The Importance of Measuring Short-Form Video Quality of Experience

(Image credit: Witbe)

When you hear the phrase “streaming video,” your thoughts probably go to paid streaming services like Netflix or Disney+, or video hosting websites like YouTube or Vimeo. From a quality of experience (QoE) standpoint, both come with similar user requirements — namely the ability to watch streaming videos across different devices and receive a consistent viewing experience.

What might not come to mind, however, are social media platforms. While established giants like Facebook and Twitter host videos, the experience hasn’t been comparable to traditional streaming video, until the recent, meteoric rise in popularity of short-form videos. 

In the “TikTok age,” users are just as likely to scroll through videos on social media for an hour as they are to open Netflix and watch a TV episode. So, where did short-form videos come from, and how does measuring their QoE compare to that of other streaming videos?

Two Defining Features
While it’s impossible to explain short-form videos without TikTok, the company didn’t invent the concept. Vine, a social media network that exclusively shared six-second videos, was available for three years in the early 2010s. Music.Ly, a Chinese app for creating lip sync videos, debuted in 2014 before merging into TikTok in 2018. TikTok, which began life as an app for dance videos and lip syncing, is now an expansive international social media platform.

There are two defining features of short-form videos. First, they are almost always less than a minute in length. Second, users scroll seamlessly from video to video as they watch, swiping to the next one when they get bored or the video ends. This model has been popularized by TikTok to great effect. By the end of 2022, the company’s app boasted over one billion active monthly users.

What makes TikTok so popular? It relies on user-generated content, which encourages creativity and has been a powerful resource for brands and individual users. It’s also free to use, making it far more accessible to users — subscription costs are a barrier to entry for Netflix, Hulu, and other streaming video providers. 

TikTok also offers the innovative “For You” page, which relies on algorithms to present users with an endless rotation of short-form videos potentially relevant to their interests. Unlike Twitter or Instagram, users don’t have to follow accounts to see the content they post. Rather than driving users towards engagement by liking or commenting on posts, TikTok chose to prioritize keeping them on the app. While the videos are bite-sized in length, the amount of time users spend watching them can continually increase to shocking sizes.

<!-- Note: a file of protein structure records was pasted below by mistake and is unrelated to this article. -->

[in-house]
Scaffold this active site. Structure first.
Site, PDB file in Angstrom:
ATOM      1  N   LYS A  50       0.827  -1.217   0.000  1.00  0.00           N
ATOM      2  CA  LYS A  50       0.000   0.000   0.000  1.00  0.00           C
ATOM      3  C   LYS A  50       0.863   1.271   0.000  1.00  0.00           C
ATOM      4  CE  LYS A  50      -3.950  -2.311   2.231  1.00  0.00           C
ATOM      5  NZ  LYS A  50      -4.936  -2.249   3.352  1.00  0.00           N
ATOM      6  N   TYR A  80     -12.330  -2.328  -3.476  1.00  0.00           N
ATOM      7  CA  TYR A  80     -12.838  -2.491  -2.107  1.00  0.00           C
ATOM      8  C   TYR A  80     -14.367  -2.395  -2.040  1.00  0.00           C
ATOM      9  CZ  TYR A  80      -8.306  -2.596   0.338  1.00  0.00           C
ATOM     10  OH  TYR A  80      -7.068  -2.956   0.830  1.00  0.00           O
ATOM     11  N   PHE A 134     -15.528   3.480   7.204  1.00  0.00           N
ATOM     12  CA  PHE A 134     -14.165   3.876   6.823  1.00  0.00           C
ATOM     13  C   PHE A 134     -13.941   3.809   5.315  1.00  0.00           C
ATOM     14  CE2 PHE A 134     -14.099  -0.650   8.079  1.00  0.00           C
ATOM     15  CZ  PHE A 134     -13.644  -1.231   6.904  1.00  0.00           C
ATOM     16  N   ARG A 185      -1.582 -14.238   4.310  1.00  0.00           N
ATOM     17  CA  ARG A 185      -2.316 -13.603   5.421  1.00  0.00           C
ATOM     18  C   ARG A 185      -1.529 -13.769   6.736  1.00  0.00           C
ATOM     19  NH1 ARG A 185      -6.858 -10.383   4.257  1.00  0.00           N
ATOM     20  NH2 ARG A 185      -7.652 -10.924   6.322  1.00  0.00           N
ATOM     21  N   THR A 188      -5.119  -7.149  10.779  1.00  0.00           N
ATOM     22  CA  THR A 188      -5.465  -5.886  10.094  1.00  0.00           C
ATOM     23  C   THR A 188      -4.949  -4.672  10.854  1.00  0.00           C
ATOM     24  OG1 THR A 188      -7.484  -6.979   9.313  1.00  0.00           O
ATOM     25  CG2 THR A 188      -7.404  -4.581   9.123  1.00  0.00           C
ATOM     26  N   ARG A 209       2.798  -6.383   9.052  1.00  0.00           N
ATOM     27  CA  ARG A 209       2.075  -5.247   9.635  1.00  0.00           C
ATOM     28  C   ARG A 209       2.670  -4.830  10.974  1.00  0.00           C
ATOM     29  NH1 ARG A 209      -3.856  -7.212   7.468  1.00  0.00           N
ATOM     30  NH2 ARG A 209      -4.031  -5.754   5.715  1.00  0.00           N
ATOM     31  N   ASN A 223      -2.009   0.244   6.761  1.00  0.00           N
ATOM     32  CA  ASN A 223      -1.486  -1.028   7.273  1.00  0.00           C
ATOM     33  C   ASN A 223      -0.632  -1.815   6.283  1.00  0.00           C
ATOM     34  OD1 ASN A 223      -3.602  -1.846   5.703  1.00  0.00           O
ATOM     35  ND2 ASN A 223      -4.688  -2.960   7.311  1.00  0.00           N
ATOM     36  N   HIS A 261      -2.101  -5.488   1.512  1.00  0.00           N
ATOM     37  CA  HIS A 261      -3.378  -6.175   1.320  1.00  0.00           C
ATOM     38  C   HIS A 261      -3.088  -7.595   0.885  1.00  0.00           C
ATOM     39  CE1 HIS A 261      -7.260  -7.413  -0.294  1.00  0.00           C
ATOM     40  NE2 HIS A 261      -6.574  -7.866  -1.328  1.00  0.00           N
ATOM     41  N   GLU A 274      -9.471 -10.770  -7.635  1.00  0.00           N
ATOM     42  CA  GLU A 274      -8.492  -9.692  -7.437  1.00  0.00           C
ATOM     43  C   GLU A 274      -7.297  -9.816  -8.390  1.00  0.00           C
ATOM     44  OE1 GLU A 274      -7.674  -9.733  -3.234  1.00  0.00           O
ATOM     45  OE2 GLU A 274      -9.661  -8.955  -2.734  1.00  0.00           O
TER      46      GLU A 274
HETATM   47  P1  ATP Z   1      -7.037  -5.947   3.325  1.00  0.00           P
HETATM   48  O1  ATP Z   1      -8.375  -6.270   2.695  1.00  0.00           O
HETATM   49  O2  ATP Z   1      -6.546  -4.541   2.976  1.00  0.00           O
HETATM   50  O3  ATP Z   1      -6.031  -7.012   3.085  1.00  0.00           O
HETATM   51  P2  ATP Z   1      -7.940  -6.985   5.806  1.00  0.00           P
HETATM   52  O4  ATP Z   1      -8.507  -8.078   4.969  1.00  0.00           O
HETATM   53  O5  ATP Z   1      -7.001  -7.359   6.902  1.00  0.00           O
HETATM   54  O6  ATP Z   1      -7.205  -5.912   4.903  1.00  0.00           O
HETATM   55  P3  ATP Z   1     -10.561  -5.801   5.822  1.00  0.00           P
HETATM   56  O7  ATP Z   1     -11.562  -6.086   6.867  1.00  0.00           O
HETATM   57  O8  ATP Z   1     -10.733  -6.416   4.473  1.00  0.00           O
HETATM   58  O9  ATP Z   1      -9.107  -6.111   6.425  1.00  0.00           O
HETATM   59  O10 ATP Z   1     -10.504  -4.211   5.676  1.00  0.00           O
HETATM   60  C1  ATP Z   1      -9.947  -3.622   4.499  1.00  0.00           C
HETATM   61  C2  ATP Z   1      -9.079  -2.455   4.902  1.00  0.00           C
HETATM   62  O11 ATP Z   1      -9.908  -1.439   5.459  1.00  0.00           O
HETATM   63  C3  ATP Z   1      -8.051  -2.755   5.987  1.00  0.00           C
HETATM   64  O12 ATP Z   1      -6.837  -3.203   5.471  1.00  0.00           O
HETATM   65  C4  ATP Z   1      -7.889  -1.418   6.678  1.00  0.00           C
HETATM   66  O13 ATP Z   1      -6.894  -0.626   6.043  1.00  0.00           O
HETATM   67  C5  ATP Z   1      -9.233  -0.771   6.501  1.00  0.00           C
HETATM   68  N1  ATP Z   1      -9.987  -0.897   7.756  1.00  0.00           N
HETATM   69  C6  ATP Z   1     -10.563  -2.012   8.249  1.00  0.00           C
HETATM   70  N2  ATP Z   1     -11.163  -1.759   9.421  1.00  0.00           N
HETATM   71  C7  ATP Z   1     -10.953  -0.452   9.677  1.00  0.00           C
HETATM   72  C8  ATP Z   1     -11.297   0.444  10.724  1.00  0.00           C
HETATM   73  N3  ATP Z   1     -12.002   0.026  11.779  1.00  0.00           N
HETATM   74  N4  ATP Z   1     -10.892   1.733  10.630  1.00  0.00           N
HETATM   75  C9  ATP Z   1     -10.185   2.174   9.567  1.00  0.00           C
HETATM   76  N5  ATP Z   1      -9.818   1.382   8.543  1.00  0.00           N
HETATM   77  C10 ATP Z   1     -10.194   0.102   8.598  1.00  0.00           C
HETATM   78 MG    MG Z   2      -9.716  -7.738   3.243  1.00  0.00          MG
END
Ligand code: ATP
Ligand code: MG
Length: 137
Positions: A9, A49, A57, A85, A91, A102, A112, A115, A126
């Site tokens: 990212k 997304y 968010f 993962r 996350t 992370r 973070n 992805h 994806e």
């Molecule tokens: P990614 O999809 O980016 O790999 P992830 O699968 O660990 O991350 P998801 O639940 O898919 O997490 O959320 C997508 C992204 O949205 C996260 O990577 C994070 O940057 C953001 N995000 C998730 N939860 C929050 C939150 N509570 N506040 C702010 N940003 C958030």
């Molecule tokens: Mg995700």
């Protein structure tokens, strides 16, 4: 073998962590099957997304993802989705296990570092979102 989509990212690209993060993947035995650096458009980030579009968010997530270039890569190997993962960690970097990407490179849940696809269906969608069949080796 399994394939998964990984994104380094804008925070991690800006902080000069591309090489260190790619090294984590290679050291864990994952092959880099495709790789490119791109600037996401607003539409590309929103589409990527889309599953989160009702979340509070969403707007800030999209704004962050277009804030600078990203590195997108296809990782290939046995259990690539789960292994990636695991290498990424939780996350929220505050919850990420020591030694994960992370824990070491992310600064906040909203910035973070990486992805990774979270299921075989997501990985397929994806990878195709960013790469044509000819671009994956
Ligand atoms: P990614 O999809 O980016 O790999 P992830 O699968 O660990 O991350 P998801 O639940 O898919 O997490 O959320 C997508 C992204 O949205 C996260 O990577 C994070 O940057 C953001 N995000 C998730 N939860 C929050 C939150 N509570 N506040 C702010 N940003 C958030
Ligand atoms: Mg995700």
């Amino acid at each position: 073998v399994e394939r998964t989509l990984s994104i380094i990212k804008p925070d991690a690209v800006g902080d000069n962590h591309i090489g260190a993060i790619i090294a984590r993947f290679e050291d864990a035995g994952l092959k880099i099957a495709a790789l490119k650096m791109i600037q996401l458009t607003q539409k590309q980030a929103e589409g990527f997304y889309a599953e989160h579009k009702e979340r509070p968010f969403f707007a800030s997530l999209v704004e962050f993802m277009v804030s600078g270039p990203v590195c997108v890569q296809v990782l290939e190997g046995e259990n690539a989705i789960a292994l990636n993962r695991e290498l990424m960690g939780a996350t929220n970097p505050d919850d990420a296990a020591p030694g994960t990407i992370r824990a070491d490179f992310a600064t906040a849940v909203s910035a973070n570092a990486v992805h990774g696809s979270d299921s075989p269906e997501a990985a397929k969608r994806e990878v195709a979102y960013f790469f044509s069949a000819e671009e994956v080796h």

The TikTok model has clearly garnered attention, as evidenced by the company’s social media competitors having all added the ability to watch short-form videos to their own services. Facebook and Instagram Reels, YouTube Shorts, and Snapchat Spotlight have all popped up over the last year, allowing users to scroll seamlessly from short-form video to short-form video — and the wave of popularity shows no signs of slowing down.

Measuring QoE
So, with the social media experience now so reliant on streaming video, how do companies measure the QoE their users receive while scrolling through these short-form videos? It’s a difficult prospect with several unique challenges. For one, videos are continually loading as users scroll. TikTok’s algorithm is constantly adjusting which video to play next while scrolling, and videos are often hosted on different servers. Since most videos are watched for less than a minute, it’s a significant amount of loading that’s supposed to happen without users noticing at all.

Another challenge is that — unlike traditional streaming services, where users are more likely to watch a movie in a single network environment — short-form videos may travel across several different networks over the course of a single browsing session. Users may start browsing at home over WiFi and then continue across mobile networks as they leave the house, including 5G. The short-form videos are expected to perform equally well the entire time.

Despite the unique difficulty, measuring (and maintaining) a high QoE for short-form videos is important, as a strong user experience leads to user retention and positive word of mouth. Both of those metrics are important in securing advertising revenue — where TikTok made an estimated ten billion dollars in 2022. Conversely, if users receive a poor viewing experience on one short-form video app, they have plenty of other similar apps to switch to.

There are a few key performance indicators that are essential to measuring QoE. First is the availability of short-form videos, which refers to whether or not they play when clicked on. Second is buffering time, both at the beginning and during the video. Last is the quality of the short-form video, which is an assessment of how clear the video, movement, and audio are. 

The key to measuring QoE is testing these metrics across various network settings. In addition, testing on the real devices that users have at home paints a clear picture of the service they receive on a day-to-day basis, not just in ideal network conditions.

While it may not be a simple process, measuring QoE for short-form videos is essential for social network companies, mobile network providers, and streaming video providers. Short-form videos are a major part of the modern streaming video landscape, and all signs point to them only becoming more popular in the years to come. In order to increase user retention and deliver the best possible performance, QoE must be measured accurately.

Mathieu Planche

Mathieu Planche is CEO of Witbe